Ulster University is setting up a data analytics institute, creating of a new batch of research-level posts in the process.
A dozen new researchers are needed at Ulster University (UU) after the announcement of a £4m global data analytics research unit.
The cognitive analytics research lab will be headquartered at UU’s Magee campus, with offices at the Belfast campus.
The 12 research posts will pay an average of £66,600 per year, over the course of the five-year project, complementing the £30m already invested into the university for this general area of science.
It will add to the 60 research staff already working on data analytics-related research, representing a diverse range of sectors, from personalised medicine to financial technology.
UU is also partnering with Catalyst Inc to engage with the wider community and create an entrepreneurial ecosystem, while Letterkenny Institute of Technology is supporting skills development and delivery of increased research capacity on a cross-border basis.
“The cognitive analytics research lab, conceived and built from the ground up through collaborative consultation with our industry and civic stakeholders across Northern Ireland, will consolidate the internationally renowned expertise already evident throughout the university,” said Prof Paddy Nixon, vice-chancellor of UU.
“Through the lab, we can ensure that we maximise our industry partnerships and academic collaborations to deliver even greater economic and societal impact with pioneering solutions.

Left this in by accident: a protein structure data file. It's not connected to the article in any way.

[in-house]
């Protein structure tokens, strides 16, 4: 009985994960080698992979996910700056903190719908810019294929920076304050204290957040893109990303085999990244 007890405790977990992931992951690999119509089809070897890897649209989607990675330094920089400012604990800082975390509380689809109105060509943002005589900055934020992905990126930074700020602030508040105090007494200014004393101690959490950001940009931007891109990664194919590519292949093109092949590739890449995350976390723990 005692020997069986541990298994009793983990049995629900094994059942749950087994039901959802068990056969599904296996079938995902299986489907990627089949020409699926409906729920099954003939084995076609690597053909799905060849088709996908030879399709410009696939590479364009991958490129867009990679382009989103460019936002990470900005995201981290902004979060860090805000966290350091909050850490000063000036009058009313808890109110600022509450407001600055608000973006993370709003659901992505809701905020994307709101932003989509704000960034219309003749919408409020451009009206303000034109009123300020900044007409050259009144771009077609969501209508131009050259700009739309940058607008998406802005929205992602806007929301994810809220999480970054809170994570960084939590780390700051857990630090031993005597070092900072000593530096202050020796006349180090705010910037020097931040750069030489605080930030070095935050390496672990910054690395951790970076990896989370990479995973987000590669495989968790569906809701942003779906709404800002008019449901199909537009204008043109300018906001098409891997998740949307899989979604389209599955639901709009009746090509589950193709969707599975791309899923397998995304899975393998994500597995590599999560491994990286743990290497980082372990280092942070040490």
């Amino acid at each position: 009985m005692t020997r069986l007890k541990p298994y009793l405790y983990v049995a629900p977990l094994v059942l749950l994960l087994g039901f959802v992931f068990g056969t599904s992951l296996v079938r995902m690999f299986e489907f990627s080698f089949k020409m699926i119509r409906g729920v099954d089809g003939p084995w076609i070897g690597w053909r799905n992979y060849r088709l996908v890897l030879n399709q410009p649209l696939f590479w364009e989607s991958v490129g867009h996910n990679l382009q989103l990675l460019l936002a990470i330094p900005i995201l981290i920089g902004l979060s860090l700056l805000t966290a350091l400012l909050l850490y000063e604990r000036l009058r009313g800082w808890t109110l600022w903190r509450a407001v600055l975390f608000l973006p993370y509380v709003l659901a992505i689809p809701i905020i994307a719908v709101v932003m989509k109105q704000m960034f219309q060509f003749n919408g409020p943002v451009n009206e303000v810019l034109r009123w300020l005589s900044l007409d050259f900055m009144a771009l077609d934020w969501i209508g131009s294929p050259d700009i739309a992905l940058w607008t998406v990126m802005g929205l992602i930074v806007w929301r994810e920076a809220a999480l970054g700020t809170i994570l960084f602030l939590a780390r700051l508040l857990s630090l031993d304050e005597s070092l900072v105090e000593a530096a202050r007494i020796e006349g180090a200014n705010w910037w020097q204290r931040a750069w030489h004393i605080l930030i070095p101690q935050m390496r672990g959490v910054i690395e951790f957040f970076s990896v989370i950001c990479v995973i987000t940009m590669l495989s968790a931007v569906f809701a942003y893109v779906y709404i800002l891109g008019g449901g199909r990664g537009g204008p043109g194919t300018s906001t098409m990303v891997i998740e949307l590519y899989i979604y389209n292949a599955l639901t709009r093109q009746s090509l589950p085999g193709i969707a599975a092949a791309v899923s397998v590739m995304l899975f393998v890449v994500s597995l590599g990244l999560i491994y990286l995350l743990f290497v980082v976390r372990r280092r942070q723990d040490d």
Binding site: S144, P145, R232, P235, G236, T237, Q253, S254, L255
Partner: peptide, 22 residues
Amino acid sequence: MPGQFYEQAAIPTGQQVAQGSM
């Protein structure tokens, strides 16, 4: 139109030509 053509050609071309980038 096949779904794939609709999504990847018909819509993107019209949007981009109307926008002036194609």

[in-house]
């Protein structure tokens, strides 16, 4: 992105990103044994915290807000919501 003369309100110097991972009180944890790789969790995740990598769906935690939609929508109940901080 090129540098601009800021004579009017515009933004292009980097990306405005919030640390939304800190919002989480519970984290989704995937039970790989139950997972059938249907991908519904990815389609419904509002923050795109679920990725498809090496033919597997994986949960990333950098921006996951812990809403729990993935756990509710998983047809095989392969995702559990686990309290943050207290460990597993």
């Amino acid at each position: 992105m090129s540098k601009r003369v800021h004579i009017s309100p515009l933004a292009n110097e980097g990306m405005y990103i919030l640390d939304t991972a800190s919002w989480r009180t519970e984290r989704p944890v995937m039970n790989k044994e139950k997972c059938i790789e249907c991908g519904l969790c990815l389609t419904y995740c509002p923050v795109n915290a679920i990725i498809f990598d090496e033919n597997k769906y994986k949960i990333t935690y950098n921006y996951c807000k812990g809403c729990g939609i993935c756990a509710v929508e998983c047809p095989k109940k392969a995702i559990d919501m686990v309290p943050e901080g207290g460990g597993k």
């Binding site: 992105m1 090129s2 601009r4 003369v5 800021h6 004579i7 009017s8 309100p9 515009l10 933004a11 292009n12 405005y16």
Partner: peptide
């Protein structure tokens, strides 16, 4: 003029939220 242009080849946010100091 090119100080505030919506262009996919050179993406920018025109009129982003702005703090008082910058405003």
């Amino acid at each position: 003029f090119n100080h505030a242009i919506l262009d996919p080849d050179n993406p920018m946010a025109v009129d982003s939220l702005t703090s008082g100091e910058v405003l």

“Importantly, one of our key priorities will be to ensure that the lab leverages the potential of open government data, enabling our research to inform public policy and transform the lives of our citizens.”
South of the border, news emerged last month that 100 high-value research jobs would be created as part of a €10m Marie Skłodowska-Curie Actions programme under Horizon 2020.
These jobs will be in major companies, civil society organisations, public bodies and higher education institutions, and were put forward by a partnership between the Irish Universities Association and the Irish Research Council.
One of the successfully funded projects is Alcatel-Lucent, which will now be able to fund six research staff members to develop new automotive, aeronautics and energy-generation technologies.
Meanwhile, Carlow-based TE Laboratories will collaborate with Dublin City University on a project concerning contaminated land site remediation, and with Teagasc on a project about soil and groundwater contamination.